ELLs: Children Left Behind in Science Class

By Brown, Clara Lee; Bentley, Michael | Academic Exchange Quarterly, Fall 2004 | Go to article overview

ELLs: Children Left Behind in Science Class


Brown, Clara Lee, Bentley, Michael, Academic Exchange Quarterly


Abstract

This article presents results of a year-long study conducted in two rural elementary science classes for English Language Learners (ELLs) in a southeastern state. The researchers found that mainstream teachers did not accommodate ELLs and that hands-on, inquiry learning was not provided in science classes. It was also noted that science education has been pushed aside in the classrooms due to No Child Left Behind state-mandated testing.

Introduction

English language learners (ELLs) represent 9.3 percent of the K-12 public school population in the United States (Solano-Flores & Trumbull, 2003). While the number of ELLs is considered likely to increase, also noted by educators is an academic performance disparity between ELLs and fully English proficient students (FEPs). For instance, there is not only a substantial achievement gap between FEPs and ELLs in science, but minority students also are less likely to be represented in science-related majors in higher education (August & Hakuta, 1997). However, science has been recognized as a critical subject for academic achievement and for the future careers of today's students (Tortes & Zeidler, 2001). If ELLs are behind FEPs in a subject that can lead to success in life, they not only lose out in school but in life as well. Thus, it is imperative to investigate how the achievement gap in science learning between FEPs and ELLs might be reduced. This study is part of a larger year-long study conducted in third grade science classes to investigate how reading and writing in science class enhance ELLs' literacy skills. However, this report focuses upon ancillary findings related to the way teachers deal with ELLs in the science classroom that emerged from classroom observations.

Unique Needs of ELLs in Academic Settings

The most salient characteristics of ELLs is that they are in the process of developing English. Within two to three years upon arrival to the U.S., ELLs rapidly develop social English that allows them to carry daily conversations. However, they do not read and write as proficiently as FEPs and it takes ELLs up to seven years to be on grade level (Cummins, 1981). Though ELLs may have sufficient English to converse in social settings, this does not mean that they are capable of fully understanding content area learning, such as in their science class.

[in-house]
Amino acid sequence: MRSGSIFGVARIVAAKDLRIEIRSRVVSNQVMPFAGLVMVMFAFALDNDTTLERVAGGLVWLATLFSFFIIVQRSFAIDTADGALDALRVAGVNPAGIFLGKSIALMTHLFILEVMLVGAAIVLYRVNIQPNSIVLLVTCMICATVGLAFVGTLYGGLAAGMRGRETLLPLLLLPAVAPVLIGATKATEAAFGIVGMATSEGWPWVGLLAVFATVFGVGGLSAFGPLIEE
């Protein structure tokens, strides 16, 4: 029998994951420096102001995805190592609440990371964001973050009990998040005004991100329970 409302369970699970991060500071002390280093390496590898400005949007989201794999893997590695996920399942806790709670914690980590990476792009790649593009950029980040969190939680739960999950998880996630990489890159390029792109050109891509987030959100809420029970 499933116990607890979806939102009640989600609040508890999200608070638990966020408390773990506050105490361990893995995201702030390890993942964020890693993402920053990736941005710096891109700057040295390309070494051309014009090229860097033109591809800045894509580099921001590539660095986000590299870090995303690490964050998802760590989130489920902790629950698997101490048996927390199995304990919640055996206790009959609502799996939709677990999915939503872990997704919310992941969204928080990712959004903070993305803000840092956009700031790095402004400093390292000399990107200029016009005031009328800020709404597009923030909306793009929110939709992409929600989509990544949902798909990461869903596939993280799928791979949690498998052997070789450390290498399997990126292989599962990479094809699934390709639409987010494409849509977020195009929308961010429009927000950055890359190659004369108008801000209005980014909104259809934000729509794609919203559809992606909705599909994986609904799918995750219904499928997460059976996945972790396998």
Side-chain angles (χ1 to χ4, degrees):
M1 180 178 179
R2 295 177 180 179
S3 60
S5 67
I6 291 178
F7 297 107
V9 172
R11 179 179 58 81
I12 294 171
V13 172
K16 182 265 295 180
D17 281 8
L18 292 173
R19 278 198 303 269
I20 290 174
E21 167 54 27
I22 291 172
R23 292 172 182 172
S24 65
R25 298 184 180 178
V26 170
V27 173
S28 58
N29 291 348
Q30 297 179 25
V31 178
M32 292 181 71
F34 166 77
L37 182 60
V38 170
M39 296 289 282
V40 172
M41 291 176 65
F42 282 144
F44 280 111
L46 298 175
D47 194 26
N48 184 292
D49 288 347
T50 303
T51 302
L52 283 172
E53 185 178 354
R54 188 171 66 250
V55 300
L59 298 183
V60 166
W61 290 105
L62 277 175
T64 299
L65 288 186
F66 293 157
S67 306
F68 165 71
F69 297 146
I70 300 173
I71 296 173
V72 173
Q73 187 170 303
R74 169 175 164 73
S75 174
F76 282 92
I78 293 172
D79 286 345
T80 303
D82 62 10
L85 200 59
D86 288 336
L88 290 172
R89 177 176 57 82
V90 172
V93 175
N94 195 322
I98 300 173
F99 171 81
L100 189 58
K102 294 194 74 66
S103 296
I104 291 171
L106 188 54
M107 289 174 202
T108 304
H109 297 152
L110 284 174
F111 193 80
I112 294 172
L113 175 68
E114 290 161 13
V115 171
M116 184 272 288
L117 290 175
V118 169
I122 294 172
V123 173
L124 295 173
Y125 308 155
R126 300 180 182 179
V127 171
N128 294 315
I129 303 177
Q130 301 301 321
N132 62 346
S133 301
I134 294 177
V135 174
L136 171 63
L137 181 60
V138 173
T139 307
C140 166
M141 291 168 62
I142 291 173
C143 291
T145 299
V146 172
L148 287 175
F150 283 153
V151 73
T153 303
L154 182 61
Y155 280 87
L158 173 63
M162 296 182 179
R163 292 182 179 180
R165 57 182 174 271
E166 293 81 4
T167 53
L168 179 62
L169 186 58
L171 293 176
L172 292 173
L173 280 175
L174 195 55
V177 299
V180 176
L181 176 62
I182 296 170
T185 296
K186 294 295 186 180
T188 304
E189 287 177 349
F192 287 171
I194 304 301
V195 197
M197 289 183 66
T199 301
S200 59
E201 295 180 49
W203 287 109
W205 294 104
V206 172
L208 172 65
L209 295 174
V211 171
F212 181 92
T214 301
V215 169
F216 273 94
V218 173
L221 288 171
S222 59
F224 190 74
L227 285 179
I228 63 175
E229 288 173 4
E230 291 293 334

According to Krashen, (2003), language acquisition takes place when second language learners understand messages through comprehensible input. When a message is delivered in English that is slightly above their current level, ELLs understand the message and as a result their language acquisition process is expedited. Comprehensible input has significant implication for teaching ELLs, especially in the area of content learning. If ELLs do not understand their teachers' explanations, they simply will not learn. However, a problem identified with regard to comprehensible input is that teachers' speech often is not appropriate. Primarily, teachers speak too fast for ELLs to understand (Echevarria, Vogt, & Short, 2000). In order to reach their ELL students, mainstream teachers have to modify their speech when they are giving directions or explaining essential concepts related to lessons. They need to slow down their pace and clearly pronounce important words. Another recommended speech modification includes teachers' avoidance of using idioms and slang terms that may be recognizable to FEPs but not ELLs.

Comprehensible input in content-area learning, however, is more than simply teachers' appropriate speech. It also has to do with how teachers introduce topics and deliver lessons. That is, teachers should use diverse strategies to facilitate content learning and conceptual understanding by ELLs. Such strategies include using visuals, realia, hands-on activities, even body language and gestures (Echevarria et al., 2000). Comprehensible input also has to do with scaffolding. …

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